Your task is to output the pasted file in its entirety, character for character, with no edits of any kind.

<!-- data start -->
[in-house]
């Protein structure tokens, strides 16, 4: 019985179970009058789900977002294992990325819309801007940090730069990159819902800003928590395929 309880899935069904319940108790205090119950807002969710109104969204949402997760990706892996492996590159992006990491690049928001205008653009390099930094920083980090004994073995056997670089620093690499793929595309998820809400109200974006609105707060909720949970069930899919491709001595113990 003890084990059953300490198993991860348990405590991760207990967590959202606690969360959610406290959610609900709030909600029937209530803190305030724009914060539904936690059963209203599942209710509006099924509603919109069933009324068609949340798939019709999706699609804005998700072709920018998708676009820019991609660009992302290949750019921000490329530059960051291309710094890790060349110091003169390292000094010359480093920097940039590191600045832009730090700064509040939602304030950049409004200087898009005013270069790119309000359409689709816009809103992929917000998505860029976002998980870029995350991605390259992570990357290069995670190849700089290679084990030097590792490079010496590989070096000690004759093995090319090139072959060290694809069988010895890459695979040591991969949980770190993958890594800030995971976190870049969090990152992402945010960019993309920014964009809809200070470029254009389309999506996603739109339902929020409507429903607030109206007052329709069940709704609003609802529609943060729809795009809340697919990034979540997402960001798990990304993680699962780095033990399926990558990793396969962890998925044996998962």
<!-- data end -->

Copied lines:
[in-house]
């Protein structure tokens, strides 16, 4: 019985179970009058789900977002294992990325819309801007940090730069990159819902800003928590395929 309880899935069904319940108790205090119950807002969710109104969204949402997760990706892996492996590159992006990491690049928001205008653009390099930094920083980090004994073995056997670089620093690499793929595309998820809400109200974006609105707060909720949970069930899919491709001595113990 003890084990059953300490198993991860348990405590991760207990967590959202606690969360959610406290959610609900709030909600029937209530803190305030724009914060539904936690059963209203599942209710509006099924509603919109069933009324068609949340798939019709999706699609804005998700072709920018998708676009820019991609660009992302290949750019921000490329530059960051291309710094890790060349110091003169390292000094010359480093920097940039590191600045832009730090700064509040939602304030950049409004200087898009005013270069790119309000359409689709816009809103992929917000998505860029976002998980870029995350991605390259992570990357290069995670190849700089290679084990030097590792490079010496590989070096000690004759093995090319090139072959060290694809069988010895890459695979040591991969949980770190993958890594800030995971976190870049969090990152992402945010960019993309920014964009809809200070470029254009389309999506996603739109339902929020409507429903607030109206007052329709069940709704609003609802529609943060729809795009809340697919990034979540997402960001798990990304993680699962780095033990399926990558990793396969962890998925044996998962």